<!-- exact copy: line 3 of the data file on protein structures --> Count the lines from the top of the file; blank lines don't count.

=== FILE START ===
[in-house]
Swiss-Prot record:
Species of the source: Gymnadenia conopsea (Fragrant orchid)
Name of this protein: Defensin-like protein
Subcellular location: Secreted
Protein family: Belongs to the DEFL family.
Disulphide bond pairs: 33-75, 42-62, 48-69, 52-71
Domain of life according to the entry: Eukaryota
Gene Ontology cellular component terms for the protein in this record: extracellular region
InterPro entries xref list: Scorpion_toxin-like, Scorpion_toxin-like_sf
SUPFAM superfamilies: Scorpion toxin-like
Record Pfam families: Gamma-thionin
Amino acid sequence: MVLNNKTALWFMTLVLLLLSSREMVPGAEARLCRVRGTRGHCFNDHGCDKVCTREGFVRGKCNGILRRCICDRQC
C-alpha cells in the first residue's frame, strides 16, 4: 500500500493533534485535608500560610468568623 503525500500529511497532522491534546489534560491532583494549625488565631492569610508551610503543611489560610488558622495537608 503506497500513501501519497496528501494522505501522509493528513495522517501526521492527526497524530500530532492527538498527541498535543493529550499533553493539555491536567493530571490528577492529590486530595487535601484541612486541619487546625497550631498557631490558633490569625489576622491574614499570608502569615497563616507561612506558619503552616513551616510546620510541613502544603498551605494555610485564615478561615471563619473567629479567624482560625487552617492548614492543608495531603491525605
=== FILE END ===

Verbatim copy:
Species of the source: Gymnadenia conopsea (Fragrant orchid)